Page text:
The Revised (or "Extended") Starling principle is based on highly controlled laboratory-based frog and rodent experiments and remains a hypothesis awaiting clinical validation. A key point is that the endothelial glycocalyx layer moves the oncotic gradient from being between the plasma and the interstitium to between the plasma and a virtually protein-free space between the glycocalyx and the endothelial cell membrane, which dramatically changes the prerequisites for fluid absorption from tissue to plasma. However, many experimental and clinical observations in humans agree poorly with the new microcirculatory proposals. The most troubling aspect of the explanation regarding the role of the glycocalyx in the Revised Starling principle is the effective reabsorption of fluid by skeletal muscle when the capillary filtration pressure is acutely reduced. Other issues include the plasma volume effects of hypertonic saline, iso-oncotic and hyper-oncotic albumin, fluid distribution during cardio-pulmonary bypass, and the virtually identical capillary leakage of plasma and albumin despite marked inflammation found in our fluid therapy studies. The Revised Starling principle deals mainly with steady-state conditions, but the circulatory system is highly dynamic. Second to second vasomotion is always operational and must be considered to understand what we observe in humans.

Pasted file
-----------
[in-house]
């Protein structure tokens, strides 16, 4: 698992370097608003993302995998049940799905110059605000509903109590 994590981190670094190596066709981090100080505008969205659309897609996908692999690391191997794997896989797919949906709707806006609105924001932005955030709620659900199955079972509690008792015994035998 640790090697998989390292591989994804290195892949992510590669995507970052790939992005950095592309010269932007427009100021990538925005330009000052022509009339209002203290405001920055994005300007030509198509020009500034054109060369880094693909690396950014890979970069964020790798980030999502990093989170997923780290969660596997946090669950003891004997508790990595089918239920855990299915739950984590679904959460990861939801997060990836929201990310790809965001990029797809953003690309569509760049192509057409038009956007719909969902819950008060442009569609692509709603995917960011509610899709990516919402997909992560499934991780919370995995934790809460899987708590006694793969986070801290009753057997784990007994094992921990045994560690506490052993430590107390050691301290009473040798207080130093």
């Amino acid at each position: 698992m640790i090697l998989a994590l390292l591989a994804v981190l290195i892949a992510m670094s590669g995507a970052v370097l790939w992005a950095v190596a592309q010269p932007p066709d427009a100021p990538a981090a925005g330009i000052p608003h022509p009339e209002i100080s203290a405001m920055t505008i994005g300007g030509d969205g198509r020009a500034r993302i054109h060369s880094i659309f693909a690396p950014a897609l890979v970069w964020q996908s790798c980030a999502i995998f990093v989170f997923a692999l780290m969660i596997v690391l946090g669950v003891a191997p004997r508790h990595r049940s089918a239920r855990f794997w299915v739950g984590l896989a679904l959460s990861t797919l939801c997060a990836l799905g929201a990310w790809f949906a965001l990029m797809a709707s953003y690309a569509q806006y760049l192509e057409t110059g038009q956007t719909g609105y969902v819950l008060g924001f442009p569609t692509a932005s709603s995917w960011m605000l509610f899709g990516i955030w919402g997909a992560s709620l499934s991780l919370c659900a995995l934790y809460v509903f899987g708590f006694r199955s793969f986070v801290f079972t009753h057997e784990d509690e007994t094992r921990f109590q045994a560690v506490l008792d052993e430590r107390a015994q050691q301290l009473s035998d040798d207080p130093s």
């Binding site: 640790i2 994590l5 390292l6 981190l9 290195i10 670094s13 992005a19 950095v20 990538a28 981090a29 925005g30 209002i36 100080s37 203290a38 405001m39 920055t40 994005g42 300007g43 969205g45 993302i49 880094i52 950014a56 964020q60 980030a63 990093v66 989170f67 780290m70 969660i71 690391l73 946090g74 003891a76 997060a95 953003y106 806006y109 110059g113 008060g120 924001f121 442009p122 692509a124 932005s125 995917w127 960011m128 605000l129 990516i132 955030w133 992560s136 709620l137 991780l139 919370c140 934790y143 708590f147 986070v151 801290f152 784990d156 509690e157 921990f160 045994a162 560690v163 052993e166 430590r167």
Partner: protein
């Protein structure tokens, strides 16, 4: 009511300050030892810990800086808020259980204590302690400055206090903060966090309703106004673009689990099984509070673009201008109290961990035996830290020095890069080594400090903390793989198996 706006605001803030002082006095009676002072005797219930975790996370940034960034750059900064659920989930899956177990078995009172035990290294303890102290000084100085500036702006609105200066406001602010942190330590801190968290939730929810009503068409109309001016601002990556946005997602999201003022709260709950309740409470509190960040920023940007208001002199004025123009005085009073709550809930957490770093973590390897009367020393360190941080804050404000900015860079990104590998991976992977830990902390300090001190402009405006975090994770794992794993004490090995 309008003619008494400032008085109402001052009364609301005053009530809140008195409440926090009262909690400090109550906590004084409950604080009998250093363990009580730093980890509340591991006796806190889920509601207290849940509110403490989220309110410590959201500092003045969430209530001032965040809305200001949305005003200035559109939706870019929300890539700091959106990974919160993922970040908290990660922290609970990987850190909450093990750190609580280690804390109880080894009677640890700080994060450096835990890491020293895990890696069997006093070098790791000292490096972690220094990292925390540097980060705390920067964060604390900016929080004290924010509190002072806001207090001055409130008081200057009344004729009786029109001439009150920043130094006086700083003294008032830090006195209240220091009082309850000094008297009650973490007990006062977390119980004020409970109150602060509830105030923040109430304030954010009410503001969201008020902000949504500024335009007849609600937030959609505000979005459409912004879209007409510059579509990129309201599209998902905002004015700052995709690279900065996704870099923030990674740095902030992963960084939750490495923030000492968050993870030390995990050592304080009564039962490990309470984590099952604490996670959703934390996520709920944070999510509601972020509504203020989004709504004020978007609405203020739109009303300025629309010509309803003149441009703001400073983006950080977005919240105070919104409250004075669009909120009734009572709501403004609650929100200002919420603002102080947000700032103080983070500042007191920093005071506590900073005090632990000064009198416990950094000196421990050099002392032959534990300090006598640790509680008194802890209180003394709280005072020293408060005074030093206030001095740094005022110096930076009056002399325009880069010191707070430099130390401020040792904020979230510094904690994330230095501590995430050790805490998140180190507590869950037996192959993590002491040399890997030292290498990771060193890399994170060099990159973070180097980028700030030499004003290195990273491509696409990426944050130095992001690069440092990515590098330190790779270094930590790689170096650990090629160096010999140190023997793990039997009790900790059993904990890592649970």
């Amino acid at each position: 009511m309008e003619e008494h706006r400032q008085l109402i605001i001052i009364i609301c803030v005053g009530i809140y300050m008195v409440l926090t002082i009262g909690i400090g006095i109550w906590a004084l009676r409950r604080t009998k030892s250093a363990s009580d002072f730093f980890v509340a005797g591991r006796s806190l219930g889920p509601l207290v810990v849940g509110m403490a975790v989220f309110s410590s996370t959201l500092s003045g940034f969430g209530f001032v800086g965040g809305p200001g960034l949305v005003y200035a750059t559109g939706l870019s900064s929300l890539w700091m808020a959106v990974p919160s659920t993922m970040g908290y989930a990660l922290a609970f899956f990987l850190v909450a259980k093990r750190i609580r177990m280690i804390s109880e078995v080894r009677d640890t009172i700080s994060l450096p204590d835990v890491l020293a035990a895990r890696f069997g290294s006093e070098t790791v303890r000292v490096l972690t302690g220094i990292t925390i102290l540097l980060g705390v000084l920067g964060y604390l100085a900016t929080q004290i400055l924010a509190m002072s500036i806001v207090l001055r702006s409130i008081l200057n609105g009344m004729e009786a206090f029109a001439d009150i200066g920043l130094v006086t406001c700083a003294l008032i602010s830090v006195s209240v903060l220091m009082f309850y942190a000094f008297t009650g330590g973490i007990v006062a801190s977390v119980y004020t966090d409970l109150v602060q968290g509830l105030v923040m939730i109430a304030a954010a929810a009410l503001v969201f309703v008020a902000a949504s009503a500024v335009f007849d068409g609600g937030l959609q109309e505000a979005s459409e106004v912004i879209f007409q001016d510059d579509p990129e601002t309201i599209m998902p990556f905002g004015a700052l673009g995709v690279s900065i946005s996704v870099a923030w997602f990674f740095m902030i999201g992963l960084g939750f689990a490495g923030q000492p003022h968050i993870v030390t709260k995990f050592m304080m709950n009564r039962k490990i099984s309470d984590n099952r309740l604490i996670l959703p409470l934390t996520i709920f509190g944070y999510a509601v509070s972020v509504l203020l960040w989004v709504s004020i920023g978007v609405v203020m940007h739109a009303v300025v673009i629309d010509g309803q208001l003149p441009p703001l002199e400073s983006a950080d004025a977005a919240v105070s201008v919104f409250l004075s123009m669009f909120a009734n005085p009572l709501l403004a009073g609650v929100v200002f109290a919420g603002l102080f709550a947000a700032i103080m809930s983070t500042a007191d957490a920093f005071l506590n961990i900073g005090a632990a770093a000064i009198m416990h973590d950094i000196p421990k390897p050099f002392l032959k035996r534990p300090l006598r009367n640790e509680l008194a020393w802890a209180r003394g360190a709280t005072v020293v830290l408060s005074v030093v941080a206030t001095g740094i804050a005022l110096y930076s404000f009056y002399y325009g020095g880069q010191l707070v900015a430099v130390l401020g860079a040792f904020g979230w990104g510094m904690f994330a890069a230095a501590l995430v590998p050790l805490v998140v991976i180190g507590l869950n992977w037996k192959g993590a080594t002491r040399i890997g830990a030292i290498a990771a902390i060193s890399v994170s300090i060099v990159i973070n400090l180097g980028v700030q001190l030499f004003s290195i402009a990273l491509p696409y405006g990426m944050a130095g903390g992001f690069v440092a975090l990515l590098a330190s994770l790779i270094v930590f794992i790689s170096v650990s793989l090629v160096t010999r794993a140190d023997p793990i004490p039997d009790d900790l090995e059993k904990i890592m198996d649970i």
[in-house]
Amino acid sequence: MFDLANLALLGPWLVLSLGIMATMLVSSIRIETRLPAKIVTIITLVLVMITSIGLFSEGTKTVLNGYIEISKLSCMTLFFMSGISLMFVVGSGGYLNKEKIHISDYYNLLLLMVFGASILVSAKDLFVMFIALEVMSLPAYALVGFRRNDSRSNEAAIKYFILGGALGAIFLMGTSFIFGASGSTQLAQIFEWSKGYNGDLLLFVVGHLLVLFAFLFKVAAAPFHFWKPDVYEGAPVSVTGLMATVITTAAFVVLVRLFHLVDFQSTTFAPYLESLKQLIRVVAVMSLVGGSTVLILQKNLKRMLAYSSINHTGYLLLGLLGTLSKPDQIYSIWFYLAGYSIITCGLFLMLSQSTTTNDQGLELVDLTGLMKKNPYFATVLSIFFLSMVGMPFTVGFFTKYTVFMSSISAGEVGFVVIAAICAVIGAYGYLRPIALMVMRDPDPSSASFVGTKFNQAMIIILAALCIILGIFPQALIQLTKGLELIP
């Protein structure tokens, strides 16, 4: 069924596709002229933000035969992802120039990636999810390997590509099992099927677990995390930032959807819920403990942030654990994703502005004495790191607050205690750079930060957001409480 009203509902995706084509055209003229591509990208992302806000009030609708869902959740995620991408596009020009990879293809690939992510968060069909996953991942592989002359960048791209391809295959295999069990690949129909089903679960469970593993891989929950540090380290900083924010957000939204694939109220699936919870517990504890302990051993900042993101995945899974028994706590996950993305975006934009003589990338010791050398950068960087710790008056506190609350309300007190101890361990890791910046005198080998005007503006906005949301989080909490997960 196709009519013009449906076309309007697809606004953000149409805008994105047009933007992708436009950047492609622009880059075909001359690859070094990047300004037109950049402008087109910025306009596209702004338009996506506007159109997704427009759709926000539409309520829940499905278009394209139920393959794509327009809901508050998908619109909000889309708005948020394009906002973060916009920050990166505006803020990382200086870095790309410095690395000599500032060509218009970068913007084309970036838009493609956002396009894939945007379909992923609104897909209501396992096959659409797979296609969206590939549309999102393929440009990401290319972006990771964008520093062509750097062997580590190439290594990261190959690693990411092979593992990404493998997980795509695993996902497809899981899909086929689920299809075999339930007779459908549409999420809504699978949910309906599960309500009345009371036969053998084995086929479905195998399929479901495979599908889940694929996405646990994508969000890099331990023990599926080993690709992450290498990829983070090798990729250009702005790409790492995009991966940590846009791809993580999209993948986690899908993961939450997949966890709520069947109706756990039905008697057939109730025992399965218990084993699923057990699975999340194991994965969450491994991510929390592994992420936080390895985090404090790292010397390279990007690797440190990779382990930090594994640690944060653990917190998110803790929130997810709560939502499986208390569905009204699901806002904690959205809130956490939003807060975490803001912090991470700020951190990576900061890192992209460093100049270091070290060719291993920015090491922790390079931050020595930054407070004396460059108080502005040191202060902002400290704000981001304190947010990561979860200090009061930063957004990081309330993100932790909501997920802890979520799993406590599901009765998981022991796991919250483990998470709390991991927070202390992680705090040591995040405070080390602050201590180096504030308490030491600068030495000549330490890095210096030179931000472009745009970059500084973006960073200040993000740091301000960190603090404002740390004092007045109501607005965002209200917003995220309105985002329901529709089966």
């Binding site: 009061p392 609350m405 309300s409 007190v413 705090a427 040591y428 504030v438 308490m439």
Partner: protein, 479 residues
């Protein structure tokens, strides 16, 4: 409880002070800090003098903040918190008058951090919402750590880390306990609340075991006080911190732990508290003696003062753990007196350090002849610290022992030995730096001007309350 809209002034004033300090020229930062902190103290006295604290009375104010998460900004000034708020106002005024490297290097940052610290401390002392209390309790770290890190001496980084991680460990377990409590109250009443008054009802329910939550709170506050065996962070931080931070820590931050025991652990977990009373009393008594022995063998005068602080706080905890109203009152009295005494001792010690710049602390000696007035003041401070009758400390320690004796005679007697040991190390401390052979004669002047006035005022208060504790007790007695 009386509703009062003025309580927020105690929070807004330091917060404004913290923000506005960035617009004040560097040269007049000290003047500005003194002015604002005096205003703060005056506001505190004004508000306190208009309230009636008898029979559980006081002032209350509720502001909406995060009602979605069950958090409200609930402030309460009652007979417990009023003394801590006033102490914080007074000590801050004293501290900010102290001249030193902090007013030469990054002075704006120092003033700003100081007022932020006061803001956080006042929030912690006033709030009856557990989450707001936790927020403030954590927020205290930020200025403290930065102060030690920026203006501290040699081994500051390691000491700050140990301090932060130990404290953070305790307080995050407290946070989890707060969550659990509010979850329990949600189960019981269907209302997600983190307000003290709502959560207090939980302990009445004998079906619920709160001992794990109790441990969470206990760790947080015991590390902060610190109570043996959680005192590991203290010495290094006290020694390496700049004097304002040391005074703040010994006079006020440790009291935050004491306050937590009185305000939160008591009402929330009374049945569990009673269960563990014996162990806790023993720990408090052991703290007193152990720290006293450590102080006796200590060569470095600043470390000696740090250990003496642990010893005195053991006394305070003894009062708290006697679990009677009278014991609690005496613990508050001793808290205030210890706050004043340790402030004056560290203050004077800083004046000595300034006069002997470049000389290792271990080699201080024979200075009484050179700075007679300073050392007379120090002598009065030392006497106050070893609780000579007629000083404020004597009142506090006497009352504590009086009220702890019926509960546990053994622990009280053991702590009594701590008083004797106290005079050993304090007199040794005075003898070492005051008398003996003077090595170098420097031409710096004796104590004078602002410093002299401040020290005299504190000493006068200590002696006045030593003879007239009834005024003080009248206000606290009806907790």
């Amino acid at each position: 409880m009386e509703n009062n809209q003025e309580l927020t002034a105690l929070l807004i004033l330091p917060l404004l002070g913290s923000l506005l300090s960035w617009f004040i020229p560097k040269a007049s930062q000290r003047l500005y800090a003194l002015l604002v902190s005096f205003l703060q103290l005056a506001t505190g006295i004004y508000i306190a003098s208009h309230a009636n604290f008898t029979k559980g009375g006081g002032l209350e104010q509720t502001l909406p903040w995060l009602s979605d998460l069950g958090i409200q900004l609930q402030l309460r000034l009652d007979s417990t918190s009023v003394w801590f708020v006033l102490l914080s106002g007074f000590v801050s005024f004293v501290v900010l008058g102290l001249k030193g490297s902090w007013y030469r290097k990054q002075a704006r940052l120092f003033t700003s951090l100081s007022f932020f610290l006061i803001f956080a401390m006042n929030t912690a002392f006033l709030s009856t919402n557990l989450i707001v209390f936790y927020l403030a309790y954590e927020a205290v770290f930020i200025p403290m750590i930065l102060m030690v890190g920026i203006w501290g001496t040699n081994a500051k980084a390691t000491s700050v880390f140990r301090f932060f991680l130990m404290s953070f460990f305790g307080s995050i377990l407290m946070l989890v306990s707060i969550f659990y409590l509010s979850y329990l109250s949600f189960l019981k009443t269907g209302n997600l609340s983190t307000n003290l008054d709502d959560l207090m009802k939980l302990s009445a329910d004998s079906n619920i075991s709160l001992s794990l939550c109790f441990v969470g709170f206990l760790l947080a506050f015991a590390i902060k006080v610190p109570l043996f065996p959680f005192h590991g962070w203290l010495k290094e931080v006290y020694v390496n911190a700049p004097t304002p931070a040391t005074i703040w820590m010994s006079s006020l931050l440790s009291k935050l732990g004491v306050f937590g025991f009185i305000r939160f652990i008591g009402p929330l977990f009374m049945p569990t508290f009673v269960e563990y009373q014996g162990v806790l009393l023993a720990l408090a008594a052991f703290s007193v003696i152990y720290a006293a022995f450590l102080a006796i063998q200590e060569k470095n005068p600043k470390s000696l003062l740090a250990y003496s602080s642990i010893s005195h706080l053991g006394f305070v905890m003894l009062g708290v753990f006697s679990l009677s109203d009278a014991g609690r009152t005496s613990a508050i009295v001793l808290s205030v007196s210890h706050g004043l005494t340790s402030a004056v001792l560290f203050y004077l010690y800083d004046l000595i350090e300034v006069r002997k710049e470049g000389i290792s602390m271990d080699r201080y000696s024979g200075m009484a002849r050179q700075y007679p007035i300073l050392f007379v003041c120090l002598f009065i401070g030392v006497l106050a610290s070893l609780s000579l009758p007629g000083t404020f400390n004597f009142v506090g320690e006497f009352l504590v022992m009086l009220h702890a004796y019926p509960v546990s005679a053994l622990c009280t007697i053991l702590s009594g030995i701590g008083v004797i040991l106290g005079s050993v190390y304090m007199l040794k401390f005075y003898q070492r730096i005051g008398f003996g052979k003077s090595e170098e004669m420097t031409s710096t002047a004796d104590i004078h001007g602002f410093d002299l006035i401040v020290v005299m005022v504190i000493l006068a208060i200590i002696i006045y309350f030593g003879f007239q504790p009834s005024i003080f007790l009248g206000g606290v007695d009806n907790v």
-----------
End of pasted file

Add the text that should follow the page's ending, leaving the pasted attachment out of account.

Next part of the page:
ASJC Scopus subject areas
- Anesthesiology and Pain Medicine